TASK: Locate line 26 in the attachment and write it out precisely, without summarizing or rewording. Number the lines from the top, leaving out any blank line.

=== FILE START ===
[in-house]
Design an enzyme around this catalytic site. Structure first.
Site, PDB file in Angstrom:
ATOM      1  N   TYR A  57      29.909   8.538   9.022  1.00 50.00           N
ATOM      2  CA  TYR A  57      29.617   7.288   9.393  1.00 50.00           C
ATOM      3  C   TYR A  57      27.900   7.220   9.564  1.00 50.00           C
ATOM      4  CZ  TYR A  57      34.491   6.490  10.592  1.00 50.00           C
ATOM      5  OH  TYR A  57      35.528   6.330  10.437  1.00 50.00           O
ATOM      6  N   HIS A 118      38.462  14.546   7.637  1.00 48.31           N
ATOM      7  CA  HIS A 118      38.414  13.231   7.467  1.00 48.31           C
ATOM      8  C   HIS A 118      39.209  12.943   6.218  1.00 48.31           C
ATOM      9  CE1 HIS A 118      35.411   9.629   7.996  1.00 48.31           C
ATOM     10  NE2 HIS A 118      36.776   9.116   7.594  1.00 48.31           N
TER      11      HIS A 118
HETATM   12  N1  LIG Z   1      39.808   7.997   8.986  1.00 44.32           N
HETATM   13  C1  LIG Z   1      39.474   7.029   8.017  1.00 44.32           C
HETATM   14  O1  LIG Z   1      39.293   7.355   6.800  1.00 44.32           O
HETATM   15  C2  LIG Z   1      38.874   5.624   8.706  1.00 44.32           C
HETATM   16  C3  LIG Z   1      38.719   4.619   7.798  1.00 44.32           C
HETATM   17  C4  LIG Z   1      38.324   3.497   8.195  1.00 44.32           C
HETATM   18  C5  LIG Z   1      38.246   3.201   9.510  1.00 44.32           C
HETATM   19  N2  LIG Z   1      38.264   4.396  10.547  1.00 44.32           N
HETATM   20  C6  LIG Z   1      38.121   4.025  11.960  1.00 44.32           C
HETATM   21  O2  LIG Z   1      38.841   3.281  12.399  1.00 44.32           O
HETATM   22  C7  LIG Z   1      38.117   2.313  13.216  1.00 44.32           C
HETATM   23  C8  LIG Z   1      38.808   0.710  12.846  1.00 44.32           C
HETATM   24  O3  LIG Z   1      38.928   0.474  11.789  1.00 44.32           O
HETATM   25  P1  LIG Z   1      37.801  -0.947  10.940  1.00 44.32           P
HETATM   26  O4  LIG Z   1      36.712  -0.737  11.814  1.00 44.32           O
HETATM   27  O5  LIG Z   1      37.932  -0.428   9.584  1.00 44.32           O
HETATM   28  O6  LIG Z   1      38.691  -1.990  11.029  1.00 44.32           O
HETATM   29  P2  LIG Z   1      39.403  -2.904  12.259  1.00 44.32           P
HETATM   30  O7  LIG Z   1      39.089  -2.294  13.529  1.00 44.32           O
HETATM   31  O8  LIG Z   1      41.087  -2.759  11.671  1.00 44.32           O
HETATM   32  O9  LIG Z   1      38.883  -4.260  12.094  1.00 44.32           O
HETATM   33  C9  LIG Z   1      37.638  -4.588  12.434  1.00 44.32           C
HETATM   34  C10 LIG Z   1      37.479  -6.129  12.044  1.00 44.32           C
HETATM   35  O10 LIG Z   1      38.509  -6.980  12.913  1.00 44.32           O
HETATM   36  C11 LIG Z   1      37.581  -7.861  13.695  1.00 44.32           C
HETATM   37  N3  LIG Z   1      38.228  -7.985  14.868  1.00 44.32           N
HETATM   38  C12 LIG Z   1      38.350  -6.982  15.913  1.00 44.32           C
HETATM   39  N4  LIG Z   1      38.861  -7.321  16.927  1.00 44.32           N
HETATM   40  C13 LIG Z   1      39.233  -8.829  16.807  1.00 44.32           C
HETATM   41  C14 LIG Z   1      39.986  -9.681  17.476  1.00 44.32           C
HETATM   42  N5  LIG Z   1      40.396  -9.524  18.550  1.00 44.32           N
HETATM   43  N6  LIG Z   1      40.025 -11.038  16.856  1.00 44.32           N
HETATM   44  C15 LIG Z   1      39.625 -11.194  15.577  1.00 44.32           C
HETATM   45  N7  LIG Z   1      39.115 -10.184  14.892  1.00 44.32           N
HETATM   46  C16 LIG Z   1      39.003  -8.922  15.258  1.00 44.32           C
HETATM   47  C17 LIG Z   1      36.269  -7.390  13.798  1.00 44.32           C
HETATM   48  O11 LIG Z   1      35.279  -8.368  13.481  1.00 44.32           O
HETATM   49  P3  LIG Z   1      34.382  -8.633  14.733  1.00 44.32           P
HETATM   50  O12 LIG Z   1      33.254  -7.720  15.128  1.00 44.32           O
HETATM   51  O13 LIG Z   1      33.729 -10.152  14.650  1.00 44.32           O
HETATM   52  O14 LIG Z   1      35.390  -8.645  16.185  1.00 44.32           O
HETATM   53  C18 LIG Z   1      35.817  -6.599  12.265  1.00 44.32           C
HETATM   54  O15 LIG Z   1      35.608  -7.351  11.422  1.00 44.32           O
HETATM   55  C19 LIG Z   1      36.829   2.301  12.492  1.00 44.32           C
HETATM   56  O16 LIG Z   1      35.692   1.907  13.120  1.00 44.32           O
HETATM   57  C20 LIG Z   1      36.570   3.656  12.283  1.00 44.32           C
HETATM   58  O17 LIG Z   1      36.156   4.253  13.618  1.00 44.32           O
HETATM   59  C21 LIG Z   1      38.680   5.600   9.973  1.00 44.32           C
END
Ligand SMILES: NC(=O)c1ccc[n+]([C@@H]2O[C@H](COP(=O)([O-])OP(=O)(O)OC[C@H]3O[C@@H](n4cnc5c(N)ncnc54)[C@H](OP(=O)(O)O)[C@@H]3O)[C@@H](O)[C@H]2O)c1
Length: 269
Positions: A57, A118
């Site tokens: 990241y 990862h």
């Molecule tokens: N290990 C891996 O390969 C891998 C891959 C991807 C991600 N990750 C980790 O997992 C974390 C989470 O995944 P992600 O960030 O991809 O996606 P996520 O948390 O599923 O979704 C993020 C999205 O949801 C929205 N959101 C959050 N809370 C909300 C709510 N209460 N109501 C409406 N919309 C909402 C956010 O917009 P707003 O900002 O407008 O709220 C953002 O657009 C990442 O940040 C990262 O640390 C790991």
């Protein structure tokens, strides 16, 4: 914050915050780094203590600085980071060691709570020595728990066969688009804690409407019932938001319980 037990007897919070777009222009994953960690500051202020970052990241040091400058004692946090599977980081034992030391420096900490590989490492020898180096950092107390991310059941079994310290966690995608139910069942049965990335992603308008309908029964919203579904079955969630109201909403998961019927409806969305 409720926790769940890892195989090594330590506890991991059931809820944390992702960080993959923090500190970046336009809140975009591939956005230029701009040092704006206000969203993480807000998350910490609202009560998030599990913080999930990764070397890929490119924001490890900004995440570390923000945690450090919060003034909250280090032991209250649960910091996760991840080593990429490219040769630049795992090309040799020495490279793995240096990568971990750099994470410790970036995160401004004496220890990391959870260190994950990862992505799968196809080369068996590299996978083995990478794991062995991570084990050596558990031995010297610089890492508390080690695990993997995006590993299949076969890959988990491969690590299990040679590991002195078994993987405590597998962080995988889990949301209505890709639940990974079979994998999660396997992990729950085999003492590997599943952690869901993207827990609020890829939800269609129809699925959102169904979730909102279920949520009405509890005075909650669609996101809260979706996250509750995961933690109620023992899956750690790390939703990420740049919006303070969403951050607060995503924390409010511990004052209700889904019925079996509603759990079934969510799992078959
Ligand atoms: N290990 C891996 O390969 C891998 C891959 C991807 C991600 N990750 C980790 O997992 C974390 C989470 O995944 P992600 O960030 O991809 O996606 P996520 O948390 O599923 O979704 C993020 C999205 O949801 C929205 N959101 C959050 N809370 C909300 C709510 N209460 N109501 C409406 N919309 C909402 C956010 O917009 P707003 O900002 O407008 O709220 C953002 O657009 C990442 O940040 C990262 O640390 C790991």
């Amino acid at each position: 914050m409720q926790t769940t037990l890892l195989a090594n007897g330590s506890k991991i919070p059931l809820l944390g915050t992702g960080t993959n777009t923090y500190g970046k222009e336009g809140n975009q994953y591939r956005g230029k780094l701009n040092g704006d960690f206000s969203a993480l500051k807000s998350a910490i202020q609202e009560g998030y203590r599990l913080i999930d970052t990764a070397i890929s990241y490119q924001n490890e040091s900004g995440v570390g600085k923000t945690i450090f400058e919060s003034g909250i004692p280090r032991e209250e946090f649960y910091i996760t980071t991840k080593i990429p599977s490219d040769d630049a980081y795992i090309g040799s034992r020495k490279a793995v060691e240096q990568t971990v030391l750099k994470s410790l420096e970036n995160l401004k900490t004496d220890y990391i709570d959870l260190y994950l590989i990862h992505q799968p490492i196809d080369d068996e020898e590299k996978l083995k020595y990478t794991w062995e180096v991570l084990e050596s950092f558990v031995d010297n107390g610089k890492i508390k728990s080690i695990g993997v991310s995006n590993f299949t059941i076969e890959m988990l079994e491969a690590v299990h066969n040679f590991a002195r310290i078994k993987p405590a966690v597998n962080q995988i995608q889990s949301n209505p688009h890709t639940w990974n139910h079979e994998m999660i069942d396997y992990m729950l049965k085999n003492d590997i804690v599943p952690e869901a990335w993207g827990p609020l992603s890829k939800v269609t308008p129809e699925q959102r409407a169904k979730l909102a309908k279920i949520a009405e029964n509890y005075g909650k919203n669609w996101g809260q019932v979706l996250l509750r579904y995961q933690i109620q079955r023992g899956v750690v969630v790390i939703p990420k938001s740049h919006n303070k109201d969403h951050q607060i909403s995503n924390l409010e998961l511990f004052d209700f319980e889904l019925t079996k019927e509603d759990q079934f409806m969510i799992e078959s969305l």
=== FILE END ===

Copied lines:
HETATM   23  C8  LIG Z   1      38.808   0.710  12.846  1.00 44.32           C